Work Still-life with Carp
Department of Paintings: Dutch painting
Still Life with Carp
© 1995 RMN / Gérard Blot
Abraham van Beyeren specialized in paintings of fish, notably during his earliest period. This picture is a fine example, painted when Van Beyeren was a young artist, under the influence of Pieter de Putter. A number of seascapes by Van Beyeren date from the same period, including one displayed at the Louvre. Later in his career, he extended his subject-matter to include sumptuous banqueting-tables, and ornate still-lifes featuring virtuoso depictions of abundant, luxurious foodstuffs and objects.
An ornate still-life
At the top of the picture, the composition is dominated by a large carp – technically, a crucian carp – hanging rather awkwardly from a hook, by its dorsal fin. Immediately below and to the left stands a glazed earthenware jug. A massive rustic table, probably a kitchen worktable, supports a deceptively haphazard pile of fish – a pike, lying diagonally across the front of the composition, with its stomach cut open; a bream (or perhaps another carp) with its head sticking out over the left-hand side of the tabletop; three small perch with faint stripes along their backs, and red fins; two roach with orange-colored eyes, and a chub lying on its back, apparently emerging from a sort of net. This pile of freshwater fish has apparently been freshly caught. Their gleaming, silvery scales look disconcertingly alive. The fish are arranged in a clever composition of criss-crossing diagonals, with a subtle, almost monochrome palette of colors. The interplay of delicate tones and fleeting reflections bathes the picture in a strange, almost aquatic light.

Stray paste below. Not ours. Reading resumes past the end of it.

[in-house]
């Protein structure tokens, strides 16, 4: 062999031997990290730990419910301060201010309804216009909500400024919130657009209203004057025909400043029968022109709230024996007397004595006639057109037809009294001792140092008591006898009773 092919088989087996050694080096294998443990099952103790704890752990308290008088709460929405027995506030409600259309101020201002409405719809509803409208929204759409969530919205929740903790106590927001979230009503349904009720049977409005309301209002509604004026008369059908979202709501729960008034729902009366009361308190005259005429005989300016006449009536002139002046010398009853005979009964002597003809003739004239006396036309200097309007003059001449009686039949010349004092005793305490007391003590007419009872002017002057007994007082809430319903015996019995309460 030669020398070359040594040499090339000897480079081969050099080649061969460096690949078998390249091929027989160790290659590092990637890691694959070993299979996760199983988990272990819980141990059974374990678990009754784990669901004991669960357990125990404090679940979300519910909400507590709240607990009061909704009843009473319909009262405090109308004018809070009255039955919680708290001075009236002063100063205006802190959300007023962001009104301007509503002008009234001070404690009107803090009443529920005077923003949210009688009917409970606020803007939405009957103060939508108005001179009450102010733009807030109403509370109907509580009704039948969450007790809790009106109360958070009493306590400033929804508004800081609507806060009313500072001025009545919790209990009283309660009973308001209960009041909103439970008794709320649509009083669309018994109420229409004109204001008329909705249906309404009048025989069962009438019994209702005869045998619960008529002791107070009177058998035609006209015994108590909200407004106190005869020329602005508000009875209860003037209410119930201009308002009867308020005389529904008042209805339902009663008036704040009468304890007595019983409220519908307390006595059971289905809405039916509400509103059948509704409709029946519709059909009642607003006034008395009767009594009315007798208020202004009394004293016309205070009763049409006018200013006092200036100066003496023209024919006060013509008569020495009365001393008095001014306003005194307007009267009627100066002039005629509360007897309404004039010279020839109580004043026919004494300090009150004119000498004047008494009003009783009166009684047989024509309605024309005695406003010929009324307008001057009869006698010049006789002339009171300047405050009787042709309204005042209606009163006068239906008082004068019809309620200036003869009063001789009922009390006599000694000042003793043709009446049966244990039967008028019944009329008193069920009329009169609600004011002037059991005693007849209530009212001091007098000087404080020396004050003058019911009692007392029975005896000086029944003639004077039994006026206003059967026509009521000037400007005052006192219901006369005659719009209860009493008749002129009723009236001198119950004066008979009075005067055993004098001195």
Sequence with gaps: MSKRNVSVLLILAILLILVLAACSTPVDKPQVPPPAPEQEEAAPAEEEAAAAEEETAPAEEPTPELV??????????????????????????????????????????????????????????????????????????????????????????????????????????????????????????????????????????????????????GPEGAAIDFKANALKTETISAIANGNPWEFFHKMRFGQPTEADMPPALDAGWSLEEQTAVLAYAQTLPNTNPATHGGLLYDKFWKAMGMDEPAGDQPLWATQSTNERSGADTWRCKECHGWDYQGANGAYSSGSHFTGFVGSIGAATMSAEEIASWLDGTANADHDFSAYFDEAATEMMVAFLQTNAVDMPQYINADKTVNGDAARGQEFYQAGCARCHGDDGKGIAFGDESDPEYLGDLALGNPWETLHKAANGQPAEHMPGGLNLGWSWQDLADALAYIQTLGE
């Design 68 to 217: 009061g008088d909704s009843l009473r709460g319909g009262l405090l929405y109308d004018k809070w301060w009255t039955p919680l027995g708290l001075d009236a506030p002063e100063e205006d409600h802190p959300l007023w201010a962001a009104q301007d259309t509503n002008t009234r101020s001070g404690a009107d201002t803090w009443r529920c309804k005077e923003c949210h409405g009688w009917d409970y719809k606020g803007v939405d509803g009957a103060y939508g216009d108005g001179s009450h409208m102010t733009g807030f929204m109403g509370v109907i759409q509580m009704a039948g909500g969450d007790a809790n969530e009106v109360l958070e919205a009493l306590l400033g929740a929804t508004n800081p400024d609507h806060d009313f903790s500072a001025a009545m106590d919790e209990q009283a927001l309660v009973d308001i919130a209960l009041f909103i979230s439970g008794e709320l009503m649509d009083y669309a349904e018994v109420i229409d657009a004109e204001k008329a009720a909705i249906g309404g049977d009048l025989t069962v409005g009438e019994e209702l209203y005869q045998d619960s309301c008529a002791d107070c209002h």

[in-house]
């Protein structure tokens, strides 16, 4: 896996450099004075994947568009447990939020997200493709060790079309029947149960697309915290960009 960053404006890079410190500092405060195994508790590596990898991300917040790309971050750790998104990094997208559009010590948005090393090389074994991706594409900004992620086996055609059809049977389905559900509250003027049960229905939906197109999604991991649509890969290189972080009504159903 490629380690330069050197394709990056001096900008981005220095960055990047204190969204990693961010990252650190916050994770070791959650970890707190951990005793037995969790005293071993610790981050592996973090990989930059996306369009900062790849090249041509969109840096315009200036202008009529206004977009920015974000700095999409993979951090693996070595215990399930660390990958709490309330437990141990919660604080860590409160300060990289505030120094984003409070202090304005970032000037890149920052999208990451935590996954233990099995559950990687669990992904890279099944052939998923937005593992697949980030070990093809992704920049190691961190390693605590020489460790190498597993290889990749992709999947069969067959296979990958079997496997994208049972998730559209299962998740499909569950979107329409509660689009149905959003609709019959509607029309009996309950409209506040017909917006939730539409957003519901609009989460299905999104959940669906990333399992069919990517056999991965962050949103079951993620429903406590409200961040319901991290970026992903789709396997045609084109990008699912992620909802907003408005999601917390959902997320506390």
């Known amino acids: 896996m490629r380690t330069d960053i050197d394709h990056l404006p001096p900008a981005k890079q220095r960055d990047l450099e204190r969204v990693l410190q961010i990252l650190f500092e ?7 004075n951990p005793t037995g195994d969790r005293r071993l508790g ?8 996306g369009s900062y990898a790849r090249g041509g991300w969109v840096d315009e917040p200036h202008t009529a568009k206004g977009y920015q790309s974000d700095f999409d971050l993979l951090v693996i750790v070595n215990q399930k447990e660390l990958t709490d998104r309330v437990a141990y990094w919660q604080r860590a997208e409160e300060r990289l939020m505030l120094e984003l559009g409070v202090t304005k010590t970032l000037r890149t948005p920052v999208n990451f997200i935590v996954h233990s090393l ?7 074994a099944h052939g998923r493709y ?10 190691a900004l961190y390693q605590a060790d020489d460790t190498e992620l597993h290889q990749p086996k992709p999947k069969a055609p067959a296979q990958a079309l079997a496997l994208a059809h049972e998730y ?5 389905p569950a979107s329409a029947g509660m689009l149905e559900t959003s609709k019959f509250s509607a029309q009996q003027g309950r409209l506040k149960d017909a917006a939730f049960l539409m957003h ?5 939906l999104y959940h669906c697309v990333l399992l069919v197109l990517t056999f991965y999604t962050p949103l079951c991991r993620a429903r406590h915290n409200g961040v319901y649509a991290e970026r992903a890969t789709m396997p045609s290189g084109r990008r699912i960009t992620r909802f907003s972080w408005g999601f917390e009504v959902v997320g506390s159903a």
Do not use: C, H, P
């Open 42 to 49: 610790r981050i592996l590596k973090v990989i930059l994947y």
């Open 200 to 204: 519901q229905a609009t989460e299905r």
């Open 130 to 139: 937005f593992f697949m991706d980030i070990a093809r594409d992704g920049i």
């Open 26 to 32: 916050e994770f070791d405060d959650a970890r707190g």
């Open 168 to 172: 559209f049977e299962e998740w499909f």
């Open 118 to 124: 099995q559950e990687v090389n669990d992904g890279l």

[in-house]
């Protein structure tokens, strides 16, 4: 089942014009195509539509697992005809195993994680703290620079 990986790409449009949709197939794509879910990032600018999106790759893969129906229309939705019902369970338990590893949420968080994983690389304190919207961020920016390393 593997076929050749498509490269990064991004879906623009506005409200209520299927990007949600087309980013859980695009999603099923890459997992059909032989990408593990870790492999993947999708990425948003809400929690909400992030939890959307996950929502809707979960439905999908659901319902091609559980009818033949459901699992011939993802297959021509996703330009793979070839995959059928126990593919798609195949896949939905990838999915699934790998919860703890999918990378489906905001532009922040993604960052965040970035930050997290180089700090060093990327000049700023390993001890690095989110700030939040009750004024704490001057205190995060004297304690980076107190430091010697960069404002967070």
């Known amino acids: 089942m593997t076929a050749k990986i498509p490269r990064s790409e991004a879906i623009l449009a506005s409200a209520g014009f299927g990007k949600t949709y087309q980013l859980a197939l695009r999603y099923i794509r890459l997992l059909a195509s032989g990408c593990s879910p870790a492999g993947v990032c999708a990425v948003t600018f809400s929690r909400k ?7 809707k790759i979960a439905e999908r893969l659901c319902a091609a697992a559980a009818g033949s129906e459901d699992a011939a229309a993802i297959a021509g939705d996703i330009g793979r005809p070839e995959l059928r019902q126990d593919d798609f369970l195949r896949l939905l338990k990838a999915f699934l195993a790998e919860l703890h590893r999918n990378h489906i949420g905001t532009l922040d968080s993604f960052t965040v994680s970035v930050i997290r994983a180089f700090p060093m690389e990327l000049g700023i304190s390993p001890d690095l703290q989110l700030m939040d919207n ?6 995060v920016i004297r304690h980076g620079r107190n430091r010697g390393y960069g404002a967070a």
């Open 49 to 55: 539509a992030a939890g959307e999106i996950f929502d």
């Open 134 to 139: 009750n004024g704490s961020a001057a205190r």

A youthful work
This exquisite composition was in fact painted while Van Beyeren was still a young man, circa 1645-1650. It was doubtless highly influenced by the work of Pieter de Putter, another specialist in fish still-lifes, active in The Hague. The hanging carp, reproduced here, was a favorite motif of Putter's. Van Beyeren's version acknowledges the older master's characteristic monochrome color scheme, motifs and subject-matter. His work far exceeds that of De Putter, however, in its handling of light, and the striking materiality of the fishes' skin and flesh.
The hanging carp
A specialist painter of still-lifes, Abraham Van Beyeren is best known for his brilliant, virtuoso representations of sumptuous banquets and desserts, dating from the second half of the 17th century. Between 1653 and 1673 he also painted numerous, highly realistic paintings of fish. The hanging carp is a striking motif whose significance may or may not be purely decorative. It is often seen in works by Pieter de Putter, and other artists including Isaac Kuvenis, Abraham Susenier, Pieter Verbeeck or Dirk Goverts.
BibliographyJacques FOUCART, notice du tableau, pp. 72-74 in Nouvelles acquisitions du département des Peintures, PARIS : RMN, 1996, motif de la carpe suspendue : cf. note 2, page 74
Abraham van BEYEREN (The Hague, 1620-21 - Overschie, 1690)
Still Life with Carp
H. 0.73 m; W. 0.61 m
Acquired through bequest in lieu of inheritance tax, 1995 , 1995
Holland, first half of the 17th century
The Louvre is open every day (except Tuesday) from 9 a.m. to 6 p.m.
Free admission on the first Saturday of each month
from 6 p.m. to 9:45 p.m. as of January 2019.